Why do you have your affiliate program? Let us know in the comments.

Why you should become an affiliate

If you’re a WordPress developer, designer, or freelancer becoming an affiliate can be another great way of boosting your monthly revenue. It’s also a great way to introduce your client to a proper support channel for your favorite themes, plugins or services.

  • Earn additional passive revenue.
  • Showcase and promote products you love to use.
  • Relieve yourself from the burden of support. Premium plugins come with a level of support so you don’t have to.

I think that last bullet point is really my favorite and one that sadly gets overlooked. Often times freelancers can overlook the overhead of support when they are building sites for their client.

For example, if your customer purchases a license for Conductor, we would answer the support questions that fall within our terms. So you can be hands-off and have a sense of security knowing that we’ll handle that aspect of the website. This allows you more time to service clients, find new business, and go for a run.

affiliate partnership

Viewed as a partnership

In the end, we really believe that this is a partnership between two entities working to deliver a solution for a shared target customer.

If both parties are taking this seriously and ethically, everyone wins. The software developer gains additional revenue. The affiliate earns a cut for recommending it. The customer gets piece of mind that they have purchased a solid product.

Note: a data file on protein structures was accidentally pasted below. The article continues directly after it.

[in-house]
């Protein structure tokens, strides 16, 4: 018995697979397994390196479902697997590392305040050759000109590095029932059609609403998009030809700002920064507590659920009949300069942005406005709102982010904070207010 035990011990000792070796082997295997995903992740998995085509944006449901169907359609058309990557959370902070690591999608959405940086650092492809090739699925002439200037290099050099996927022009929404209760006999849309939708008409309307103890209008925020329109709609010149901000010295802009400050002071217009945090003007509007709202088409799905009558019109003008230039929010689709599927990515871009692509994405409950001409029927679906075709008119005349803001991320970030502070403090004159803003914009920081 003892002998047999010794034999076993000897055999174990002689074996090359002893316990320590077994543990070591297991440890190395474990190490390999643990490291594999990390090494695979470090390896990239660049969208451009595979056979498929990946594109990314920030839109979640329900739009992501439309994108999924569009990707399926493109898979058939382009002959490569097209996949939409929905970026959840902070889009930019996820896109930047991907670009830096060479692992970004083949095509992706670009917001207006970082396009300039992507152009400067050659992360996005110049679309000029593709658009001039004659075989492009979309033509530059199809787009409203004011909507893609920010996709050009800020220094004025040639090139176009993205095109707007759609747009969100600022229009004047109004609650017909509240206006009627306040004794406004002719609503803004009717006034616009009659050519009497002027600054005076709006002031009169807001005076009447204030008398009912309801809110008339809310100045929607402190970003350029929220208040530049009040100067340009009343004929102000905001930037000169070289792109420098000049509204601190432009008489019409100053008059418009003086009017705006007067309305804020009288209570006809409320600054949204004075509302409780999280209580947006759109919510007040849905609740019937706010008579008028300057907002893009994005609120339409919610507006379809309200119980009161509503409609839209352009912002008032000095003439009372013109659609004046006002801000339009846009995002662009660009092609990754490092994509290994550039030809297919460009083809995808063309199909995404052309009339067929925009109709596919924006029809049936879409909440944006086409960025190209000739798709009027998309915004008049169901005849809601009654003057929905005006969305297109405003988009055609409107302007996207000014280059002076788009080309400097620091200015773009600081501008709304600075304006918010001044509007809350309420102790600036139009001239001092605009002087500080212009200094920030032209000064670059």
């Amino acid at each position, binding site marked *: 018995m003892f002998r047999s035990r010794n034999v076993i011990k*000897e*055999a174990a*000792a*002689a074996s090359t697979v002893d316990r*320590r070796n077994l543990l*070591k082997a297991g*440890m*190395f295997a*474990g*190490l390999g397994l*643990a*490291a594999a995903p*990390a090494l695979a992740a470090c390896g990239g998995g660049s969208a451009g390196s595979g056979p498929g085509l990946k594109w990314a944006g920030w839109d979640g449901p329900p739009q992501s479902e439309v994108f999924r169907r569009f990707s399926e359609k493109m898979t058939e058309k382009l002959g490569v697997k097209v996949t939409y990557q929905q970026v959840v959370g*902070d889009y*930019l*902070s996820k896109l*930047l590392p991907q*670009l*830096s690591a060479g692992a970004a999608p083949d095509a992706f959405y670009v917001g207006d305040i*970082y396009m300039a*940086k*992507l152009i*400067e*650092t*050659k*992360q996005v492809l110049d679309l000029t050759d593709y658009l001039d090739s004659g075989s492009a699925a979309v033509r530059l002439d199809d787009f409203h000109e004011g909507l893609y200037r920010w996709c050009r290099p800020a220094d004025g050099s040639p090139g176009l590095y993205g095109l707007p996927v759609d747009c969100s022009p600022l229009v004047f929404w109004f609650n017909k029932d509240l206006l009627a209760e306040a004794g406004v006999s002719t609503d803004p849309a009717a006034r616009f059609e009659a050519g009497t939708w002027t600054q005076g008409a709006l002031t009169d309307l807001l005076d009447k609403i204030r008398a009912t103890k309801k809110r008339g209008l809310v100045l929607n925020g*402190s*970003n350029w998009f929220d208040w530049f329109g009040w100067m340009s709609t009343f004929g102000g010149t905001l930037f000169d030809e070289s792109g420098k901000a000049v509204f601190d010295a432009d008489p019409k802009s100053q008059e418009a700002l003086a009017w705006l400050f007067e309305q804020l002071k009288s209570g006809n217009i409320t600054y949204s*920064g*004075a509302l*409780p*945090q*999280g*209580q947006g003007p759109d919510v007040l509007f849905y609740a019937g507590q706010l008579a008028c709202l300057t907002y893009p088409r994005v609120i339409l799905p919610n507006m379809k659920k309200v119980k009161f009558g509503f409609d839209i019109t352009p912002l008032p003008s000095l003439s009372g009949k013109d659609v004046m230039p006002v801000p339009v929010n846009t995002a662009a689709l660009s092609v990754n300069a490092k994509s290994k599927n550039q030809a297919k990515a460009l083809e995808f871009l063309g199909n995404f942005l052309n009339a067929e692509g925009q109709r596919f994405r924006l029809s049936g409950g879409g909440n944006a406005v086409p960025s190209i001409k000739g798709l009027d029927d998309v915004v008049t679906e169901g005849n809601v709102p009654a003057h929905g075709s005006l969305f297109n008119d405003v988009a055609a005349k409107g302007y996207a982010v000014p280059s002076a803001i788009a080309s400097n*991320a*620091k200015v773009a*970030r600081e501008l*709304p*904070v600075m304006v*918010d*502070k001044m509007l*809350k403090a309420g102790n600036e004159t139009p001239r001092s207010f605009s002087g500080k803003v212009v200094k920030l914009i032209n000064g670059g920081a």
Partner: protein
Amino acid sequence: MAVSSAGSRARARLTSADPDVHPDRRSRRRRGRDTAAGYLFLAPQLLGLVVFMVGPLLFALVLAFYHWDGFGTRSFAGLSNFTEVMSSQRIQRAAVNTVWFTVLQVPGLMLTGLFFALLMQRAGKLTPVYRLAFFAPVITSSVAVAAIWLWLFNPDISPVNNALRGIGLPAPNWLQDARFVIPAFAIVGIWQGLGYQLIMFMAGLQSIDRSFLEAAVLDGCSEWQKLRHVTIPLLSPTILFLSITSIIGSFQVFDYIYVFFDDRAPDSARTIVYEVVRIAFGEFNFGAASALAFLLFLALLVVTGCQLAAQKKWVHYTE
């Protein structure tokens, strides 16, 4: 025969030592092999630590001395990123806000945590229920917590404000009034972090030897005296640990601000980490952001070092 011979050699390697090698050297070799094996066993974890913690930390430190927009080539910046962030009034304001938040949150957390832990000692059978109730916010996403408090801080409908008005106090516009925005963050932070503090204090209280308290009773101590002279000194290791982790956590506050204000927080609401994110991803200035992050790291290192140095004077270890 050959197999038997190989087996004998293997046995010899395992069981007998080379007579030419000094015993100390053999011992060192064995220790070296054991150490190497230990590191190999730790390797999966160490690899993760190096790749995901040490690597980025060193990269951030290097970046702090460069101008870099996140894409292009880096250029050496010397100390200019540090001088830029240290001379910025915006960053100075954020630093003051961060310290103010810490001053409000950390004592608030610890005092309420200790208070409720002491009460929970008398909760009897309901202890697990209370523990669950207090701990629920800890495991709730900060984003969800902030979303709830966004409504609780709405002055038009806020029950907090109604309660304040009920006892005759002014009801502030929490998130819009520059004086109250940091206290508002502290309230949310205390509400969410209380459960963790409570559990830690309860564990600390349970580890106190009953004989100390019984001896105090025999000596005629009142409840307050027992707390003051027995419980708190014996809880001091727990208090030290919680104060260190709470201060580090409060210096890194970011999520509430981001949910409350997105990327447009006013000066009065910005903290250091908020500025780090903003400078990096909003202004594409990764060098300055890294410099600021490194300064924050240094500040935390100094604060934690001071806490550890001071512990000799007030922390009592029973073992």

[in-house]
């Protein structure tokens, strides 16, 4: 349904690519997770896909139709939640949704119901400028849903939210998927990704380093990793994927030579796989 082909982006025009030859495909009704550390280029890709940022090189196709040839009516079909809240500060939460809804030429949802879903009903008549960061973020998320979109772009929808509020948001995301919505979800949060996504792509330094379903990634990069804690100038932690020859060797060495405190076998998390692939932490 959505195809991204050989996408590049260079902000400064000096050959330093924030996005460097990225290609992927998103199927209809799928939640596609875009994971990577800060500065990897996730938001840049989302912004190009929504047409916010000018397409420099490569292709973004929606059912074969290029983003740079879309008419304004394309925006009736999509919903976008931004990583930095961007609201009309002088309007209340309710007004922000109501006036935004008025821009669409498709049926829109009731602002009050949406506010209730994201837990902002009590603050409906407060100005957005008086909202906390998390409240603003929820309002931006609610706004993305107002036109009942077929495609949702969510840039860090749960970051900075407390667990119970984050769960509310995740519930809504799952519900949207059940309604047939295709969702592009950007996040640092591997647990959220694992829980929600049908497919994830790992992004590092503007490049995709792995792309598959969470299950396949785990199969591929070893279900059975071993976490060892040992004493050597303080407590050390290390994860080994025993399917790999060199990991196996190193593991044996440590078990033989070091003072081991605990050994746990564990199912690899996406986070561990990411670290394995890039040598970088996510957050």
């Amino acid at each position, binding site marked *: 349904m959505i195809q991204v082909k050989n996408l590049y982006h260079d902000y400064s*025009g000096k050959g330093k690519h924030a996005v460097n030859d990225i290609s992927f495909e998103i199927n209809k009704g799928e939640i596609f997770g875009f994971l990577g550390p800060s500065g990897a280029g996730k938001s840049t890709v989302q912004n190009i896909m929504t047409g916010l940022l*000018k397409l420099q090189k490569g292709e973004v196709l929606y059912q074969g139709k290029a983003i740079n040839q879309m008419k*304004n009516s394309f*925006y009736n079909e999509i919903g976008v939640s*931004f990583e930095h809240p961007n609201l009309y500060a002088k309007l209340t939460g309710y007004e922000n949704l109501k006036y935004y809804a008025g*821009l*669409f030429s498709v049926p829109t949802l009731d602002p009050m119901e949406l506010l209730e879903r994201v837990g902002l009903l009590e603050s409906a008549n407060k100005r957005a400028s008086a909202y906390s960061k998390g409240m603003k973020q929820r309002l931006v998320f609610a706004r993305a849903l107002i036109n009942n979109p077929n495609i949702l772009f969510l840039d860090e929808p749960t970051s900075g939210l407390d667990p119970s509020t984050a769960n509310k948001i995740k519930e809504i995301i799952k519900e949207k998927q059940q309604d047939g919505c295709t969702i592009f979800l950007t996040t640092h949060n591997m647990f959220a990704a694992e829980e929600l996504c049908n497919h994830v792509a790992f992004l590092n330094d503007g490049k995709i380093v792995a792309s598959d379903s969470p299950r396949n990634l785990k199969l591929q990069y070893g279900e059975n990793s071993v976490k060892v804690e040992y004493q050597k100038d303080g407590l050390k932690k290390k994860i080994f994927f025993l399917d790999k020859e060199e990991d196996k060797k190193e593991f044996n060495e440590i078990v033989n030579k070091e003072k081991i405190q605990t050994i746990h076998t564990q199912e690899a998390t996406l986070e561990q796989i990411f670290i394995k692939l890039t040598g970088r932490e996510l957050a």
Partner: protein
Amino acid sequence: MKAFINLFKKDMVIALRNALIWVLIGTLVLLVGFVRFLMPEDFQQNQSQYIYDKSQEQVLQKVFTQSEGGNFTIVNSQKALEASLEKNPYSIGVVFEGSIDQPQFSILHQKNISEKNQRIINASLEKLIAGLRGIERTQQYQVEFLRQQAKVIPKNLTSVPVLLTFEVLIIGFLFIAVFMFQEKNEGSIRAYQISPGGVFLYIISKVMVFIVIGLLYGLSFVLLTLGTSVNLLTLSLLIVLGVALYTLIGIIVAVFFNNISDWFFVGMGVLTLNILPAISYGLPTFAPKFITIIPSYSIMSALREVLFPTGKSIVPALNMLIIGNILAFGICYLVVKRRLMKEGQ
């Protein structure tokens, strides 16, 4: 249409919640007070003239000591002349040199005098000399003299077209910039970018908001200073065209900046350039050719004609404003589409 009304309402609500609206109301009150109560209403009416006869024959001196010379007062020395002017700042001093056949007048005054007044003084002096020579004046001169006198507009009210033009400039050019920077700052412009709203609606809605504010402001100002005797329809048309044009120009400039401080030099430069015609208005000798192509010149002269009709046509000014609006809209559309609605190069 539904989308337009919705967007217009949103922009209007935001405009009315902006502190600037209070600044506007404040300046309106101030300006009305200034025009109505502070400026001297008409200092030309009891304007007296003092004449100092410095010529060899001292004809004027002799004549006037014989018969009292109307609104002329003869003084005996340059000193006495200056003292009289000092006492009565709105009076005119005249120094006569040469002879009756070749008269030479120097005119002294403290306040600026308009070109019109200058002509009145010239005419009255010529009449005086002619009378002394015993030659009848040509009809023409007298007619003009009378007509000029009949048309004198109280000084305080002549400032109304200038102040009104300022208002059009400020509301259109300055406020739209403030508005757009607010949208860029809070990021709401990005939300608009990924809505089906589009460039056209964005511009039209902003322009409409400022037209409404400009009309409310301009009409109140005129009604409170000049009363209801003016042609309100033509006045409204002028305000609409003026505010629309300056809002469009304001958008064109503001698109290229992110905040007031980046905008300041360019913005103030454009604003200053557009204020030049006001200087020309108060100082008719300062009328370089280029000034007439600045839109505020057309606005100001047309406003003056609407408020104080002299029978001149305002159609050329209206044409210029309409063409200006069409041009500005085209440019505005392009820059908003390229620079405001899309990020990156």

If you’re into affiliate programs for a different reason, you’re probably doing it wrong.

We’re happy to hear your thoughts in the comments and if you’re interested in recommending Conductor for your WordPress projects — check out our affiliate program.

2 comments on “How to start an affiliate program

  1. 1-I have been working with ConductorPlugin since I purchased the beta version to see how I could use it in my projects. On my first installation it helped to easily get rid of unnecessary information and create a more useful front page.

    2-I am dipping my toe for first time into being an “official” affiliate. I applied recently and was happy I got approved. Now I have a “hands off” way to track my referrals of ConductorPlugin to clients and other freelancers.

    3-I have used e-junkie previously on client projects for selling physical and digital goods–but only in a limited way for a client’s affiliate program. Thanks for sharing your past experience with e-junkie’s affliate program so I can be mindful of similar issues in future.

  2. Pingback: Weekly Roundup: October 3, 2014 – Sell with WP

Leave a Reply

Your email address will not be published.

This site uses Akismet to reduce spam. Learn how your comment data is processed.